Camera system

13 Apr 2014

A combination of laziness, too much sitting behind a computer at work and nice weather outside, resulted in little progress on the game. In fact, I only spent a few hours yesterday since last update. Doesn’t matter though, I don’t have a real deadline anyway ;-)

The single thing I implemented yesterday is a simple camera system that tracks the player ship, to keep it at a fixed location on screen, and move the rest of the world relative to it. Additionally, it allows for zooming in and out by resizing the viewport.

Because the game uses orthographic projection, ie: no perspective effect, the camera system is very simple so I won’t spend too many words on it. I basically added properties describing the viewport size, a zoom factor, and a vector to position the player ship within the viewport. All of these are in world coordinates, just like the planet surface and the rest of the game world.

A projection matrix is constructed using GLKMatrix4MakeOrtho, the Apple-provided equivalent of glOrtho, which isn’t part of the OpenGL ES2 API. The player ship will always be rendered at a fixed location: the viewport center plus the player translation vector. Everything else is translated by the inverse of the player position relative to the screen center:

float aspect = (float) view.drawableHeight / (float) view.drawableWidth;

float left = -(_viewport.width / 2.0) * _zoom;
float right = -left;
float bottom = -(_viewport.height / 2.0) * _zoom * aspect;
float top = -bottom;

GLKMatrix4 ortho = GLKMatrix4MakeOrtho(left, right, bottom, top, 0.01f, 2.0f);

// Calculate player position in eye coordinates and inverse player translation. 
// The player entity is always rendered at the viewport center plus a fixed translation 
// defined by the playerTranslation property. The inverse player translation vector
// basically takes world-coordinates to eye-coordinates.
CGPoint viewport_center = CGPointMake(left + (right - left) / 2.0f, bottom + (top - bottom) / 2.0);
CGPoint player_position = CGPointMake(viewport_center.x + _playerTranslation.dx, viewport_center.y + _playerTranslation.dy);
CGVector inverse_player_translation = CGVectorMake(player_position.x - player.entity.position.x, player_position.y - player.entity.position.y);

// ...

for (K14EntitySnapshot *entity in planet.entitySnapshots.allValues)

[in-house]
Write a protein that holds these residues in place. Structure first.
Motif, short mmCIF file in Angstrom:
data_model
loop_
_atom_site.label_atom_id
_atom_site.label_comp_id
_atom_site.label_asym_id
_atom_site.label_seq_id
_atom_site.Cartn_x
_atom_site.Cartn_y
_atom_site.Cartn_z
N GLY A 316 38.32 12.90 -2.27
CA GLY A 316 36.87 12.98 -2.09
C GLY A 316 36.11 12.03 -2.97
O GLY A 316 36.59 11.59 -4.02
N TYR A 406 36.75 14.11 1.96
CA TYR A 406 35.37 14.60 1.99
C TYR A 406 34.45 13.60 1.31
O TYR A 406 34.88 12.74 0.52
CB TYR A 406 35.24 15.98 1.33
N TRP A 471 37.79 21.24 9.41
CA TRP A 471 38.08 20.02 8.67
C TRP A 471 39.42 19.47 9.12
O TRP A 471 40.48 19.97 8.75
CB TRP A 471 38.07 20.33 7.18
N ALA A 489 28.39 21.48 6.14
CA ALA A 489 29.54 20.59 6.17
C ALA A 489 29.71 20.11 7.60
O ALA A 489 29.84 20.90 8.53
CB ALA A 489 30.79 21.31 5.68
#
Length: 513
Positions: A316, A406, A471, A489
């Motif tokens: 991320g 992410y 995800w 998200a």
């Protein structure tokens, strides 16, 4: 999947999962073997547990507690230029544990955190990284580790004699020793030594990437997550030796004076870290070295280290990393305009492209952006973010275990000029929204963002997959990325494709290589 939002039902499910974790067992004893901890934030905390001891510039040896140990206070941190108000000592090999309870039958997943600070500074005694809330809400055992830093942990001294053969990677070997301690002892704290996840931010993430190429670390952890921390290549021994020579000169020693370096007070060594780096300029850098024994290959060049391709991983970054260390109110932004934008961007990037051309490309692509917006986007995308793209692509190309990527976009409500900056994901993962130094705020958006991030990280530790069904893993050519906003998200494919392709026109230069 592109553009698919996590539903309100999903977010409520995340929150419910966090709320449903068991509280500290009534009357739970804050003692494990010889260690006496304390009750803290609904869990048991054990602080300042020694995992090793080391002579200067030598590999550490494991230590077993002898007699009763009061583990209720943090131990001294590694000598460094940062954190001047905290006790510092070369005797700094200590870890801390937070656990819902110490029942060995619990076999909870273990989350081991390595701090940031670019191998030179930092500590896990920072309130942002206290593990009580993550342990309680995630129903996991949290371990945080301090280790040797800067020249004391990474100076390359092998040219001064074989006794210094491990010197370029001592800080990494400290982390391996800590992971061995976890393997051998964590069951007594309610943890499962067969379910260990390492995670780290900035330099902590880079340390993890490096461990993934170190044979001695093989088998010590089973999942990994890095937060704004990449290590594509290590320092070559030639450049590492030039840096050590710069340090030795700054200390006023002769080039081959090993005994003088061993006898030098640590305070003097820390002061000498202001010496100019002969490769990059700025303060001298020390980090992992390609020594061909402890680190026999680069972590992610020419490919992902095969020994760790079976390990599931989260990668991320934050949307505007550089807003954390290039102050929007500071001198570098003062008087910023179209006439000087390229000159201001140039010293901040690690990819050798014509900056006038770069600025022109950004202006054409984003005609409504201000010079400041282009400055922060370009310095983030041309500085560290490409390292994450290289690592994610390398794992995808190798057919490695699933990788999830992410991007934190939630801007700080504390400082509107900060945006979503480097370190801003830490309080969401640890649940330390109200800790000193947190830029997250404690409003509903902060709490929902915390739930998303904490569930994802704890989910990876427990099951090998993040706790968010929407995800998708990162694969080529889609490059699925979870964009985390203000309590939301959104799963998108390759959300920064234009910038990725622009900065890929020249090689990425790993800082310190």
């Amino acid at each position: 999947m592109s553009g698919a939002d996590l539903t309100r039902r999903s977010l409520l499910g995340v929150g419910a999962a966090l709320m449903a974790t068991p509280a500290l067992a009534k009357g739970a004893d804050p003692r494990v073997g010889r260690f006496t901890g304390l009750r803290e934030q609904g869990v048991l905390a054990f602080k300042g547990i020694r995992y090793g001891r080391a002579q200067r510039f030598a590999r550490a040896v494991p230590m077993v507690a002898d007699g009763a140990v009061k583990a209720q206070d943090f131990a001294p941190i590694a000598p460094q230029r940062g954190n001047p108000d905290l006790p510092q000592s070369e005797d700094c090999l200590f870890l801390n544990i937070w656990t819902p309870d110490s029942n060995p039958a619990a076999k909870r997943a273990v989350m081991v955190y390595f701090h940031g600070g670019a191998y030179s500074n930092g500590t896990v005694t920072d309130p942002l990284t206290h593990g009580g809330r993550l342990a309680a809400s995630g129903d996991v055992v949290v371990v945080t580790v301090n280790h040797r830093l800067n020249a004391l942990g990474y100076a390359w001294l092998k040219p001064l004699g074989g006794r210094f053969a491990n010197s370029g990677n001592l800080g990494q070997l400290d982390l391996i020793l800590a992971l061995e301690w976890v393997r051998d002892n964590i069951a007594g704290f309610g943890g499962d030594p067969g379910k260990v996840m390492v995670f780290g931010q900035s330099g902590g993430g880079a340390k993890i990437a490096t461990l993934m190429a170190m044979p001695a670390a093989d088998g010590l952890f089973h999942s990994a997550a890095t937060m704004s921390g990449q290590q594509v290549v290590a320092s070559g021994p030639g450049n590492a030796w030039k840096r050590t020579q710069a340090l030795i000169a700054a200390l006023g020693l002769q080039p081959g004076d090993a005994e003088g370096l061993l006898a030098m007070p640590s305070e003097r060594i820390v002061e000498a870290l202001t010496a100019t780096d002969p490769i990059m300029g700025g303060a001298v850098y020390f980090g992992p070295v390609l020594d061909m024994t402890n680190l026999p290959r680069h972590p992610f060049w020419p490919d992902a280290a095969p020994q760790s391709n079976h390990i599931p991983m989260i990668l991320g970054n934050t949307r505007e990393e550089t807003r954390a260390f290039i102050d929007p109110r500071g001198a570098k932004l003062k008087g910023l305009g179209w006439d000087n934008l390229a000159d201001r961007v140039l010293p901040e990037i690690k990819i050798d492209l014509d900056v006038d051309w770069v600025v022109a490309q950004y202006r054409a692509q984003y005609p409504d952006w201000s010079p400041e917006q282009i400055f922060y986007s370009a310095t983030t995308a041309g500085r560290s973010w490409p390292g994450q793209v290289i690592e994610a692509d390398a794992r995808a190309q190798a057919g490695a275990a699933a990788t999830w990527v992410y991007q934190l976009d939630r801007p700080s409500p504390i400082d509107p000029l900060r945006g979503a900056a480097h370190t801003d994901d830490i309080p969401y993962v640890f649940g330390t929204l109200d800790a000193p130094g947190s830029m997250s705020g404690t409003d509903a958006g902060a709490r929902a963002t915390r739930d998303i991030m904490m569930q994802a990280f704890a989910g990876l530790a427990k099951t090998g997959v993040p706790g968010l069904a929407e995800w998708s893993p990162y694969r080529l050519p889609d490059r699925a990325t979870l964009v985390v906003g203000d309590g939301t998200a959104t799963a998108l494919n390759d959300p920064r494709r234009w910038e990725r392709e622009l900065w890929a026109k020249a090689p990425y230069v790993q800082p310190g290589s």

// Set entity model-view matrix based on its position. The player entity is always rendered at the
  // center of the viewport, all other entities are translated relative to the player position
  float tx = ( == ? player_position.x : entity.position.x + inverse_player_translation.dx);
  float ty = ( == ? player_position.y : entity.position.y + inverse_player_translation.dy);

  GLKMatrix4 translate =  GLKMatrix4MakeTranslation(tx, ty, -1.0f);
  GLKMatrix4 rotate = GLKMatrix4MakeZRotation(entity.angle);
  GLKMatrix4 model_view = GLKMatrix4Multiply(translate, rotate);
  glUniformMatrix4fv([_debugPolyShader getUniform:@"u_model_view"], 1, GL_FALSE, model_view.m);

  // ...

A slightly cleaner way to implement the world-to-eye coordinate transformation would have been to separate the object-to-world and world-to-eye space transformations into matrices and concatenate them into the modelview (object-to-eye space) matrix, instead of explicitly applying a translation to all world coordinates. For a more complex camera system I would definitely recommend to do so, this works for our simple setup though.

One minor additional detail that deserves mention because it will come up again later, is that I added a class K14Player and accompanying K14PlayerSnapshot. These hold only a reference to the player entity (or its snapshot), but will in the future also get properties for the player fuel level, number of lives, etc. I needed them already though, to be able to distinguish between the player entity and everything else when rendering, so they could be translated differently. Some hacky solution such as looking a the entity class name could have worked as well, but a class representing player state would have been needed in the future anyway. Here’s an updated class diagram:

Just for laughs I also hacked in ghetto infinite-wraparound of the game world, by simply extending the planet surface one screen width at both sides and warping the player position whenever it crosses the midpoint of these extended surface edges. This obviously needs more thought and a cleaner implementation, for example to ensure other entities (like projectiles) also correctly wraparound and collide with other stuff at the other side of the ‘warp coordinate’. It looks quite serviceable already though, here’s a video:

Development scoreboard

Implementing the camera system took about 4 hours, which could have been a lot less if I wouldn’t get distracted so easily all the time ;-). This makes a total of about 23 hours of development time. SLOC count now sits at 568, an increase of only 30, most of which isn’t even in the camera code itself, but in the K14Player and K14PlayerSnapshot classes.